Nil Sorsky

Pushing the Mind into the Heart


. . . even though there are many good works, their value is only a partial good.  The prayer of the heart is the source of all good and is likened to gardens that are refreshed by water, so does this prayer of the heart refresh the soul . . . 

Blessed is the person who seriously meditates on the Writings of all the Spirit-filled Fathers and follows their teachings and examples.  Such a person is completely taken up with this prayer and is able to overcome always every kind of thought, not only an evil one, but also one that seemingly is a good one.  And in this manner, he attains perfect silence even in his thoughts, for the prayer is the peak and crown of all ascetical practices.  For Symeon the New Theologian teach that true silence and tranquility (hesychia) is to seek the Lord in the heart, that is, to push the mind into the heart consciously and to pray and be concerned only with this.

Nil Sorsky

Monday, May 5, 2014

Whatever a man loves, he desires at all costs

Whatever a man loves, he desires at all costs to be near to continuously and uninterruptedly, and he turns himself away from everything that hinders him from being in contact and dwelling with the object of his love. It is clear therefore that he who loves God also desires always to be with him and to converse with him. This comes to pass in us through pure prayer. Accordingly, let us apply ourselves to prayer with all our power; for it enables us to become akin to God. Such a man was he who said: “O God, my God, I cry to Thee at dawn; my soul has thirsted for Thee” (Psalm 63:1, LXX). For the man who cries to God at dawn has withdrawn his intellect from every vice and clearly is wounded by divine love.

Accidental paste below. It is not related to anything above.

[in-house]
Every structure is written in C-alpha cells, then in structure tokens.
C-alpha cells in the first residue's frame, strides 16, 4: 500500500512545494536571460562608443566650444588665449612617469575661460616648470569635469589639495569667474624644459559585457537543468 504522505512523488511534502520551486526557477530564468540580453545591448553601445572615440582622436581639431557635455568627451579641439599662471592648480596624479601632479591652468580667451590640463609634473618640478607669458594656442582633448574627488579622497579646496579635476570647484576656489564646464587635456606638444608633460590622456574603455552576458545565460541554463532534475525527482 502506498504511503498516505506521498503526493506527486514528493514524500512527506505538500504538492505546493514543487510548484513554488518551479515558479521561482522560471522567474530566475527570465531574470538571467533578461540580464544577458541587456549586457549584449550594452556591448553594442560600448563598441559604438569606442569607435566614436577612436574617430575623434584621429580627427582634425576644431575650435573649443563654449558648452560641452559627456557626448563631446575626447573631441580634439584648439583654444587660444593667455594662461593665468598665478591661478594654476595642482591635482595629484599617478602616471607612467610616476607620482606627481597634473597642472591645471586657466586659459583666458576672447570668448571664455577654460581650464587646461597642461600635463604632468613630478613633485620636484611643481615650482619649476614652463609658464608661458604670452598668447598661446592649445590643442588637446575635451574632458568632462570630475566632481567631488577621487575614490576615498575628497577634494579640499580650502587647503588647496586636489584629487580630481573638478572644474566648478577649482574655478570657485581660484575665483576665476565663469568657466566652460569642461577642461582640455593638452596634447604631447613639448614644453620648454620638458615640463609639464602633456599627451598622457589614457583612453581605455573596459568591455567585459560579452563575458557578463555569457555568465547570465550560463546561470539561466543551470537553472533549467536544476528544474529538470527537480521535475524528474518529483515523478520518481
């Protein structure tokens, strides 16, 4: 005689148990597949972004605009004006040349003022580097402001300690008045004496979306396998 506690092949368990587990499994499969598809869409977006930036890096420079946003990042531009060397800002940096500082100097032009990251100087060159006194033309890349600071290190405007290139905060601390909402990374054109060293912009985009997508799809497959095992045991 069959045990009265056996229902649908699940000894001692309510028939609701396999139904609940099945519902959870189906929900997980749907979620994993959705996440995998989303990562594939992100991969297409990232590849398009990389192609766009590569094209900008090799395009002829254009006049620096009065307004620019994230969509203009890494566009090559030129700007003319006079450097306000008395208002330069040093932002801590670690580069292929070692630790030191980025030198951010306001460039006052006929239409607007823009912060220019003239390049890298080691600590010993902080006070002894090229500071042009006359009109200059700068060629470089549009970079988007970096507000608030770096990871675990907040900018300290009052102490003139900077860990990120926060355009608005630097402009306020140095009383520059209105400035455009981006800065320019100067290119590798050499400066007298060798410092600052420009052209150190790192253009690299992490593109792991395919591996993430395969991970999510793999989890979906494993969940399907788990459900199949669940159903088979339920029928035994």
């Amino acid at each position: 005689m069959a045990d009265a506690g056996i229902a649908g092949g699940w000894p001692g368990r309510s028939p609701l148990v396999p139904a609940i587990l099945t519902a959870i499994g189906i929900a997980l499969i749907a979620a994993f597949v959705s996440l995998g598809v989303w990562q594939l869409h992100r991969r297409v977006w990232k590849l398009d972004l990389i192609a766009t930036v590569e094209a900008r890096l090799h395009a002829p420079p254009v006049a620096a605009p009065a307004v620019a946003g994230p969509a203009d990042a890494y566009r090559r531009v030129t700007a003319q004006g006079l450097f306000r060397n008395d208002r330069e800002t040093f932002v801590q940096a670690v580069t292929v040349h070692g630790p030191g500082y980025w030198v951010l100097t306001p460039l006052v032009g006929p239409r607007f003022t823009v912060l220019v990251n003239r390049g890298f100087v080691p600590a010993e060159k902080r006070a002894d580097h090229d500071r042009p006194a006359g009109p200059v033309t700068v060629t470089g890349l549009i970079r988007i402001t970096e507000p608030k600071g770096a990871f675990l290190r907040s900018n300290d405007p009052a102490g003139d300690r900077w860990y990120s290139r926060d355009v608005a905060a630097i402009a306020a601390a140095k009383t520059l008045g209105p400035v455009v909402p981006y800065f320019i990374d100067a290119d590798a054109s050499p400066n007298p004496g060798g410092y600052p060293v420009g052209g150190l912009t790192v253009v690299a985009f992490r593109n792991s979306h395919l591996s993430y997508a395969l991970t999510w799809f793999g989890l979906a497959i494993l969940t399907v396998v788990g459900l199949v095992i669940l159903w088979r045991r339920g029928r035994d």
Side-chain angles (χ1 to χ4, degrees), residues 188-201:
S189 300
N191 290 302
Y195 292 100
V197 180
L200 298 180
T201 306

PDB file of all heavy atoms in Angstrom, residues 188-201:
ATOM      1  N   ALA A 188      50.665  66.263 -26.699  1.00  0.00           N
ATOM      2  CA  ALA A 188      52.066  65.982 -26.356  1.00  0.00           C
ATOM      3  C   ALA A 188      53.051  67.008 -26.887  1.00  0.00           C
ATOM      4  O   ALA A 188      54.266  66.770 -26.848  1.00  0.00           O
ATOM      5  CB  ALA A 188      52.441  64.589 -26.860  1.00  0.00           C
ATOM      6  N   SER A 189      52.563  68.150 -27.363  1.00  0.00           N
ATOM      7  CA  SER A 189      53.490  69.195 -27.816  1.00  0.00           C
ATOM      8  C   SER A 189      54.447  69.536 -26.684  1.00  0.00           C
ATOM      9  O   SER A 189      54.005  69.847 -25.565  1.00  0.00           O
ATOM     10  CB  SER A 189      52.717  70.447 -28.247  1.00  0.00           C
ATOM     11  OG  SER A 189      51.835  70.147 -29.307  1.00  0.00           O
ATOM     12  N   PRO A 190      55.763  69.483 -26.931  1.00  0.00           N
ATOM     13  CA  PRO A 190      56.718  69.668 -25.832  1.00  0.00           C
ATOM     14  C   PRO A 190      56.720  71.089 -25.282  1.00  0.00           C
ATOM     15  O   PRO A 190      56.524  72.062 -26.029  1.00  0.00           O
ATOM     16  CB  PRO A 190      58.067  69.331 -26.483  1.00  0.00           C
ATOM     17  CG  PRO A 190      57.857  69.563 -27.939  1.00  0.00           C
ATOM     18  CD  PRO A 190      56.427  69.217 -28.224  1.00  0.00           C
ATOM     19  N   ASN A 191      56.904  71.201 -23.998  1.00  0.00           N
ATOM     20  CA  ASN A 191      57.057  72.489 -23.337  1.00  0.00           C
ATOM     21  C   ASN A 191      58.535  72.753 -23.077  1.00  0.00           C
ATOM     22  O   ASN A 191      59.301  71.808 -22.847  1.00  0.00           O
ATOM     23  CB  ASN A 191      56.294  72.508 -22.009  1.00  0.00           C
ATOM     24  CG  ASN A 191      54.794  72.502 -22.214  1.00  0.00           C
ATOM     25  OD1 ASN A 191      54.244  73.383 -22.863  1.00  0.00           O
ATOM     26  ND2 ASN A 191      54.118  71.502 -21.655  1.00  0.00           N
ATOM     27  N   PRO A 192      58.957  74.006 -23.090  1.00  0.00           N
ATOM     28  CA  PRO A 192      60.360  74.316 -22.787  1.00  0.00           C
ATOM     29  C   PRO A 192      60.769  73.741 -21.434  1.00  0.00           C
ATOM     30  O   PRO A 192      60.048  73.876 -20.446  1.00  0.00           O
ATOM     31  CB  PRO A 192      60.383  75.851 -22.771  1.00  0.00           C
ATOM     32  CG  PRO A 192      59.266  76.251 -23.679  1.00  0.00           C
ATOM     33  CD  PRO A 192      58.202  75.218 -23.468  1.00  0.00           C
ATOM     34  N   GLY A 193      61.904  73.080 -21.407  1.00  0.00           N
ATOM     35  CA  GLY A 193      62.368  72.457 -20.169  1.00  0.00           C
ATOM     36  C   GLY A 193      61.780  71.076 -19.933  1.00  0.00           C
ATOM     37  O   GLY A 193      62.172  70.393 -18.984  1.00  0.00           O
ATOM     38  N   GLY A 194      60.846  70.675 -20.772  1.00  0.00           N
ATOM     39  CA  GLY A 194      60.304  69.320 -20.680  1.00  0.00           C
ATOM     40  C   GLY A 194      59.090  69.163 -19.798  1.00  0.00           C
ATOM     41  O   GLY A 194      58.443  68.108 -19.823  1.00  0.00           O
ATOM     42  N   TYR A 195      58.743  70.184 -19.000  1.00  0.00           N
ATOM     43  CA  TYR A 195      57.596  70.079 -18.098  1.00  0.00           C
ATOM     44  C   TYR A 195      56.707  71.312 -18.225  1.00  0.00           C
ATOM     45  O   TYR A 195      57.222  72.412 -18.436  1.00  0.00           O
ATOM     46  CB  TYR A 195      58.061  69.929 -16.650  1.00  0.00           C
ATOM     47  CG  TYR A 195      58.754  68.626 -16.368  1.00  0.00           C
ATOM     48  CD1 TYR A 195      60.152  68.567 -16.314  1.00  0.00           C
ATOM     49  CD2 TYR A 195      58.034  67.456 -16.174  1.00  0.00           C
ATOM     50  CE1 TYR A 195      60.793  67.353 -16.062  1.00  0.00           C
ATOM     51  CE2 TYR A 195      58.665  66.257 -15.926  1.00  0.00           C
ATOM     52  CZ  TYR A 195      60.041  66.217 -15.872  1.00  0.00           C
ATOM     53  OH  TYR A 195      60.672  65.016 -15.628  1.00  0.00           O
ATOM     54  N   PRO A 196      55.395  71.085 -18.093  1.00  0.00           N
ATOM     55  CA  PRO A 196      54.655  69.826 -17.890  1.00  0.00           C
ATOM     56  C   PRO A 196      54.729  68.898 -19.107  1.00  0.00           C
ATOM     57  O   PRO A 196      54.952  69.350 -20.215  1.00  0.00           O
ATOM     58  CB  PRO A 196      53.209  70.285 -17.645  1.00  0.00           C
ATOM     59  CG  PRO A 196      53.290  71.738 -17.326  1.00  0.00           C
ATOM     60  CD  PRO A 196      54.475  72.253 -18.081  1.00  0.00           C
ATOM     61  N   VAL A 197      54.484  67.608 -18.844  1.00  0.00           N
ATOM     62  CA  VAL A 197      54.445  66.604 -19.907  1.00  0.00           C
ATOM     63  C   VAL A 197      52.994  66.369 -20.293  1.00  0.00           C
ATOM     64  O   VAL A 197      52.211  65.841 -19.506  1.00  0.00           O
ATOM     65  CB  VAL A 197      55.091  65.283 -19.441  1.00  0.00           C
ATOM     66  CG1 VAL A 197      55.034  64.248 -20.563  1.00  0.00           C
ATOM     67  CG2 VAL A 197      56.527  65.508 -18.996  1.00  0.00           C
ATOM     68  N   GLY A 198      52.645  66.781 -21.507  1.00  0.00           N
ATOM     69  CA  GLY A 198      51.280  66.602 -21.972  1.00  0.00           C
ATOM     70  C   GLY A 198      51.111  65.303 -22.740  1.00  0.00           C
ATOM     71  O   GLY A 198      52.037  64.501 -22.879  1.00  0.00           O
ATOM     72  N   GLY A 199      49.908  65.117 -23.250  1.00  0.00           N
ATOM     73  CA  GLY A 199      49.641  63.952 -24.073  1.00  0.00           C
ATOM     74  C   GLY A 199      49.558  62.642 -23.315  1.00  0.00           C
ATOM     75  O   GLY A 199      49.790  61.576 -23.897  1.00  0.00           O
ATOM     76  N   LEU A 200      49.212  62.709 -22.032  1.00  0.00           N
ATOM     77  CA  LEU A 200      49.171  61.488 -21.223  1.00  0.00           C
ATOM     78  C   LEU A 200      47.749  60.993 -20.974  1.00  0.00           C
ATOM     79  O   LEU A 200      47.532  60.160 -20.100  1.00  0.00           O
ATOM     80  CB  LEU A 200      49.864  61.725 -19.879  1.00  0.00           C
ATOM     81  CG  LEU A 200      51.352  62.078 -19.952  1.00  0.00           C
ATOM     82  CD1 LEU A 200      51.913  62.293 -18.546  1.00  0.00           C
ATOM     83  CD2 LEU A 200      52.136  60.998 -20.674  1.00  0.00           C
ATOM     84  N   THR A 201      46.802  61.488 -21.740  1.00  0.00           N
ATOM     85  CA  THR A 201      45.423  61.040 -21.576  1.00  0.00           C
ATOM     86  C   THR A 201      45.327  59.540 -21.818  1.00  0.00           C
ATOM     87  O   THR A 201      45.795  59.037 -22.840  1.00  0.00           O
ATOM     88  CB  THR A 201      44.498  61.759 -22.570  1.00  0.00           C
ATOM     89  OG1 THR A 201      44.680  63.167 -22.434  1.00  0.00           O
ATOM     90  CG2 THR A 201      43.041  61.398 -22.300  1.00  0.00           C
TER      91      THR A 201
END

St. Theodoros the Great Ascetic
II, A Century of Spiritual Texts, sec. 94”


Friday, May 2, 2014

More Joy in Heaven


Our Lord tells us there is more joy in heaven over one sinner who repents than over ninety nine others who have no need of repentance.  It may seem strange to us to imagine the existence of such a joy, especially in regard to ourselves.  Perhaps very few of us allow ourselves to weep true tears of repentance, to experience true sorrow for our sins, and so never come to know that heavenly joy.  Tears that emerge from eyes that gaze upon Christ are the prelude to the loving embrace of the Heavenly Bridegroom.  

If there is one thing the devil would want to prevent it is this movement from sorrow to joy, from repentance to intimacy.  He would keep us in the despair of our own wretchedness, despondent through lack of hope in forgiveness or convince us that our sins are of no account - such that our repentance produces no tears, internal or external.  In both cases, we see only the light of salvation fade and the heart grow cold.  
Let us not then make ourselves unworthy of entrance into the bride-chamber: for as long as we are in this world, even if we commit countless sins it is possible to wash them all away by manifesting repentance for our offenses: but when once we have departed to the other world, even if we display the most earnest repentance it will be of no avail, not even if we gnash our teeth, beat our breasts, and utter innumerable calls for succor, no one with the tip of his finger will apply a drop to our burning bodies, but we shall only hear those words which the rich man heard in the parable ‘Between us and you a great gulf has been fixed.’ [Luke xvi. 26]